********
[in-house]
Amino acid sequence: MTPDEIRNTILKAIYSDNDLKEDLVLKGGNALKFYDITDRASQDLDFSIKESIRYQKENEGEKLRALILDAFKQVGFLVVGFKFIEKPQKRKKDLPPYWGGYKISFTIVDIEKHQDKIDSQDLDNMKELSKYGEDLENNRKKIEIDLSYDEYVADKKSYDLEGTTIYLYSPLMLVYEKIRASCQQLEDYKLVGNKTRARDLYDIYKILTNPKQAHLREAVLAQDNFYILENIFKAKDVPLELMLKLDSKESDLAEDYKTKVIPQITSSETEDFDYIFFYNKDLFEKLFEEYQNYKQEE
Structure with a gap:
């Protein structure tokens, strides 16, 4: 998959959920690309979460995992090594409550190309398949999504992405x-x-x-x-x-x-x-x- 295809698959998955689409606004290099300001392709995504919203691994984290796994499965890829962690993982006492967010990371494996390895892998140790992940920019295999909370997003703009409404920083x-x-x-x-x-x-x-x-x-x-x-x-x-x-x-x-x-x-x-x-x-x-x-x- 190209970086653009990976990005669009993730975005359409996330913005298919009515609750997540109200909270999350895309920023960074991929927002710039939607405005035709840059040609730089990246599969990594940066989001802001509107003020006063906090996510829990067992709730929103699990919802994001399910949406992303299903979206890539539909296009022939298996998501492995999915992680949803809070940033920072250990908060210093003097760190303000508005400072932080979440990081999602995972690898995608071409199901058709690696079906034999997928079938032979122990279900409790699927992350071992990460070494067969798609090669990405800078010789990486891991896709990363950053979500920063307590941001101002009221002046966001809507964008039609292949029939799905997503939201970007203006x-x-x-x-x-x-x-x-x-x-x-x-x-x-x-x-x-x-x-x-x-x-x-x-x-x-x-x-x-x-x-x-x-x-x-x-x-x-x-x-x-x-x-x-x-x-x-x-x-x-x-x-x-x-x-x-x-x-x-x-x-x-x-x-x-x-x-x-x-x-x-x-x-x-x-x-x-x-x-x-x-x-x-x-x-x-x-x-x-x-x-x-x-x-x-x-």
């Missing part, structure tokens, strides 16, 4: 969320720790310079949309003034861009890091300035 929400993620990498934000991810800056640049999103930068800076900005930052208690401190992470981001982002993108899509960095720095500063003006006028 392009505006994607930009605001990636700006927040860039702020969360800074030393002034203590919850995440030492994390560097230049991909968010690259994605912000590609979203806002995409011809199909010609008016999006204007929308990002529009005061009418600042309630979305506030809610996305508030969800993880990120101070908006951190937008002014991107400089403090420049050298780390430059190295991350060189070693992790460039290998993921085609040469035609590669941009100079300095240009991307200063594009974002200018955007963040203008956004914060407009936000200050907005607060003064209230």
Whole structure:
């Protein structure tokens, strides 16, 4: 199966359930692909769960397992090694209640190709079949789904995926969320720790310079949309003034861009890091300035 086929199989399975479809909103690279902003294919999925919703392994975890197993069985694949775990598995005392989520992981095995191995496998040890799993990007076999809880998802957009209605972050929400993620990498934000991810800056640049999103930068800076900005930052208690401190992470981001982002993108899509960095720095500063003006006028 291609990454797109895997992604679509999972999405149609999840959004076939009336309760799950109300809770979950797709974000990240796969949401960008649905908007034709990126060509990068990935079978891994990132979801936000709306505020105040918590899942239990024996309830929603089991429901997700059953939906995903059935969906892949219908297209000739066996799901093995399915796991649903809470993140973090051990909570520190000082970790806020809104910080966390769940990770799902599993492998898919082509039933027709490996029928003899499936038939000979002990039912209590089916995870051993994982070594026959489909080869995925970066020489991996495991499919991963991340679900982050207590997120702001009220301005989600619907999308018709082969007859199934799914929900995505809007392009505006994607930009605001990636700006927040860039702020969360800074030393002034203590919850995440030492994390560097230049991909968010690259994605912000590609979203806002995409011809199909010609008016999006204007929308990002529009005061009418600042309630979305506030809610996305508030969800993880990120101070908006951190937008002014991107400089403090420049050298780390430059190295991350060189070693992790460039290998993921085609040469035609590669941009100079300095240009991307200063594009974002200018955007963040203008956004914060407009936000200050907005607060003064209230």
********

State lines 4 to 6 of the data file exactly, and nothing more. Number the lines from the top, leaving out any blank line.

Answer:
């Protein structure tokens, strides 16, 4: 998959959920690309979460995992090594409550190309398949999504992405x-x-x-x-x-x-x-x- 295809698959998955689409606004290099300001392709995504919203691994984290796994499965890829962690993982006492967010990371494996390895892998140790992940920019295999909370997003703009409404920083x-x-x-x-x-x-x-x-x-x-x-x-x-x-x-x-x-x-x-x-x-x-x-x- 190209970086653009990976990005669009993730975005359409996330913005298919009515609750997540109200909270999350895309920023960074991929927002710039939607405005035709840059040609730089990246599969990594940066989001802001509107003020006063906090996510829990067992709730929103699990919802994001399910949406992303299903979206890539539909296009022939298996998501492995999915992680949803809070940033920072250990908060210093003097760190303000508005400072932080979440990081999602995972690898995608071409199901058709690696079906034999997928079938032979122990279900409790699927992350071992990460070494067969798609090669990405800078010789990486891991896709990363950053979500920063307590941001101002009221002046966001809507964008039609292949029939799905997503939201970007203006x-x-x-x-x-x-x-x-x-x-x-x-x-x-x-x-x-x-x-x-x-x-x-x-x-x-x-x-x-x-x-x-x-x-x-x-x-x-x-x-x-x-x-x-x-x-x-x-x-x-x-x-x-x-x-x-x-x-x-x-x-x-x-x-x-x-x-x-x-x-x-x-x-x-x-x-x-x-x-x-x-x-x-x-x-x-x-x-x-x-x-x-x-x-x-x-």
């Missing part, structure tokens, strides 16, 4: 969320720790310079949309003034861009890091300035 929400993620990498934000991810800056640049999103930068800076900005930052208690401190992470981001982002993108899509960095720095500063003006006028 392009505006994607930009605001990636700006927040860039702020969360800074030393002034203590919850995440030492994390560097230049991909968010690259994605912000590609979203806002995409011809199909010609008016999006204007929308990002529009005061009418600042309630979305506030809610996305508030969800993880990120101070908006951190937008002014991107400089403090420049050298780390430059190295991350060189070693992790460039290998993921085609040469035609590669941009100079300095240009991307200063594009974002200018955007963040203008956004914060407009936000200050907005607060003064209230």
Whole structure: